Determining the Best Samples for EPE Testing

A recent study found that using rectal swab samples could be an alternative way to test for the Lawsonia intracellularis bacteria that causes equine proliferative enteropathy (EPE) if the foal has decreased or no fecal output.

EPE is an emerging intestinal disease found in weanlings. Because the disease occurs right around the time a foal is weaned, some veterinarians think it could be related to the stress of weaning and the loss of the protective substances found in the mare's milk. The number of EPE cases appears to increase yearly, according to Nicola Pusterla, DVM, PhD, Dipl. ACVIM, of the University of California, Davis. Affected foals usually suffer peripheral swelling, weight loss or slow growth, lethargy, loss of appetite, fever, colic, diarrhea, and low blood protein levels.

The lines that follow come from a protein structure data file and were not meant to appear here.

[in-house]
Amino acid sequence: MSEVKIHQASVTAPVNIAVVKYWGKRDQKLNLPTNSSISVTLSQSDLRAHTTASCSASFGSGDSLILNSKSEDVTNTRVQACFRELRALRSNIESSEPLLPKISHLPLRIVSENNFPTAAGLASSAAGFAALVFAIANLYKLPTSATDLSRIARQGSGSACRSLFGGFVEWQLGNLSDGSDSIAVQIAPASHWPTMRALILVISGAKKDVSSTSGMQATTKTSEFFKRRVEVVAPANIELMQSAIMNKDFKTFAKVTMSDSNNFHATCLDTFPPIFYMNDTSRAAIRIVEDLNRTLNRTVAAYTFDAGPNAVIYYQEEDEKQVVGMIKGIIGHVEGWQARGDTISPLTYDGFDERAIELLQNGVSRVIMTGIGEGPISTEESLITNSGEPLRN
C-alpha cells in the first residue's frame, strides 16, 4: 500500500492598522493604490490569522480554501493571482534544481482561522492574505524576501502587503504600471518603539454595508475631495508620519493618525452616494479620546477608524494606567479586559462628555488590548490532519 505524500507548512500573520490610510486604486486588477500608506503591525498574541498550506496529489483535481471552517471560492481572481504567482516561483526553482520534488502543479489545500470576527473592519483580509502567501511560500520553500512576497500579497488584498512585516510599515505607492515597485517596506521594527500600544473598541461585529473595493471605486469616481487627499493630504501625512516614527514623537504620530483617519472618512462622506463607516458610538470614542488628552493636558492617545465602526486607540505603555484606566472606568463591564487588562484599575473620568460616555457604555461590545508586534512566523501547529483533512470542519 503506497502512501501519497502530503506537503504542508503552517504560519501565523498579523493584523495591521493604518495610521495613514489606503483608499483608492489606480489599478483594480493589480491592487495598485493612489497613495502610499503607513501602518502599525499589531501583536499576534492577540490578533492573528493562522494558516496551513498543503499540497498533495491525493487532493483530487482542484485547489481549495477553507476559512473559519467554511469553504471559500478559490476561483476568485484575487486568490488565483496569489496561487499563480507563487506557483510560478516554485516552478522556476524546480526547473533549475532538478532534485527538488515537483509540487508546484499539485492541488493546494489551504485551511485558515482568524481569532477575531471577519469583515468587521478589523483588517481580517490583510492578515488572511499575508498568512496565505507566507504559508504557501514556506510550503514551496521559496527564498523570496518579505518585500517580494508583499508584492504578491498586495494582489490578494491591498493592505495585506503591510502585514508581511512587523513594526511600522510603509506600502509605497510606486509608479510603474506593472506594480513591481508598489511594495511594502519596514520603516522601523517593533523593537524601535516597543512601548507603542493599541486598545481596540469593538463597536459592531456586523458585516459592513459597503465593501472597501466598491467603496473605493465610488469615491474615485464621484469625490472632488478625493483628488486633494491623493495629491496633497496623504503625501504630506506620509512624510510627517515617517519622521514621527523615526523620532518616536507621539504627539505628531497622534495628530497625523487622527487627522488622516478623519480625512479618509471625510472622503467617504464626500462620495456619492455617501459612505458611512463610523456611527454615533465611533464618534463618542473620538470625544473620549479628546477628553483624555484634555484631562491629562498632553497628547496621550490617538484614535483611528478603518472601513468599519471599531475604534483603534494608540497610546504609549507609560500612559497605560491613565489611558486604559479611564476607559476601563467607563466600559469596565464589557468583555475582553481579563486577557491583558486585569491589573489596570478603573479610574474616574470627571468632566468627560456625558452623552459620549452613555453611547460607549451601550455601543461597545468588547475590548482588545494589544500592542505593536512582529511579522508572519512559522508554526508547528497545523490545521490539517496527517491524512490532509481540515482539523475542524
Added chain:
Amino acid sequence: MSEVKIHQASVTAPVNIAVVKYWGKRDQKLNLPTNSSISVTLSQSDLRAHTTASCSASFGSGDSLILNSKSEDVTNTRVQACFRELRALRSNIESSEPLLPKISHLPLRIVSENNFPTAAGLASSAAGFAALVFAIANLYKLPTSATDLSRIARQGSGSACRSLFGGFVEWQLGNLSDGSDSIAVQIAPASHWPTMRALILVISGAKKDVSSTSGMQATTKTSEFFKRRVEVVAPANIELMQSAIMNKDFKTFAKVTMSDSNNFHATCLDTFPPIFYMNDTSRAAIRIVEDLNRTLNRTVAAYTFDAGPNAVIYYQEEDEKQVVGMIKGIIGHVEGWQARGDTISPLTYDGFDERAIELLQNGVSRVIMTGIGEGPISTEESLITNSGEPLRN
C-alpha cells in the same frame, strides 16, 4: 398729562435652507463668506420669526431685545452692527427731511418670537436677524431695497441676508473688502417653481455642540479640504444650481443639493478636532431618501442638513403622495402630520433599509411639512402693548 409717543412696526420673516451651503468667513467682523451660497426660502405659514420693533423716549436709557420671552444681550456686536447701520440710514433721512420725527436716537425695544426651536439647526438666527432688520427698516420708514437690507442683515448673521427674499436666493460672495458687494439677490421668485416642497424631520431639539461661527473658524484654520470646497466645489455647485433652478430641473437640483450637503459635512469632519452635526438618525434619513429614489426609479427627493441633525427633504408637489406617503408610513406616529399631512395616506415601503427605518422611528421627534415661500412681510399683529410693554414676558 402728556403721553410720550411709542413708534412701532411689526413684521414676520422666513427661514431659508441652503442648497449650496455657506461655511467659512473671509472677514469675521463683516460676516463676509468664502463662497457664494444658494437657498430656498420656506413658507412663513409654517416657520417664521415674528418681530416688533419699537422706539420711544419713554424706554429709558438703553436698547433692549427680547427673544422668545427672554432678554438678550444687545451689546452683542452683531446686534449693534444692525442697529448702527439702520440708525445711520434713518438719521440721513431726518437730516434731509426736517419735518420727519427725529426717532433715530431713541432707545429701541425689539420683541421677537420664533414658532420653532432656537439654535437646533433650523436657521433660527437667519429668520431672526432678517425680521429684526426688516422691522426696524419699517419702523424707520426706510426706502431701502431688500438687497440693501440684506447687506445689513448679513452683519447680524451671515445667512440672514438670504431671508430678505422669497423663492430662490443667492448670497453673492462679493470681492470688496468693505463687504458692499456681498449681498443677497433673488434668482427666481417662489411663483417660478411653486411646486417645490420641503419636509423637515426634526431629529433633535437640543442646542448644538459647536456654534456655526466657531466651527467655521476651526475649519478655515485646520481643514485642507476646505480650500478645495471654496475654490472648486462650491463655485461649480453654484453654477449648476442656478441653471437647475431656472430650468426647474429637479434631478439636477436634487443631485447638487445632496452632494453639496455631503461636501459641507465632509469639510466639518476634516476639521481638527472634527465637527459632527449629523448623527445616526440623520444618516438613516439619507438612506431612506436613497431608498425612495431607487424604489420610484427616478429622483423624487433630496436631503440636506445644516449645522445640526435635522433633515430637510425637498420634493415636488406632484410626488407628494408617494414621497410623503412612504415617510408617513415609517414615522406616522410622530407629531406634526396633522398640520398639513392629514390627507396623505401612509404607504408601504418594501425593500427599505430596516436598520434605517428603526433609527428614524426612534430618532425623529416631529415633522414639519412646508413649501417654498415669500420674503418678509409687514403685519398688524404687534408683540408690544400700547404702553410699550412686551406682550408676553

EPE testing includes blood work to measure blood-protein levels and polymerase chain reaction (PCR), which is molecular testing of fecal material.

"Researchers are looking at the most reliable sample material (feces versus rectal swab) for the PCR detection of Lawsonia," says Pusterla. "Based on the study, it looks like feces and rectal swabs have a similar accuracy at detecting Lawsonia shedding."

He added that the most accurate results came when both samples were submitted for testing, but admitted sending two samples would be too costly for most owners.

Since there is no vaccine approved for use in horses, identifying cases early and treating them is the best treatment method.

The study, "Comparison of feces versus rectal swabs for the molecular detection of Lawsonia intracellularis in foals with equine proliferative enteropathy," appeared in the September issue of the Journal of Veterinary Diagnostic Investigation.

The study can be found in PubMed.

About the Author

Marie Rosenthal, MS

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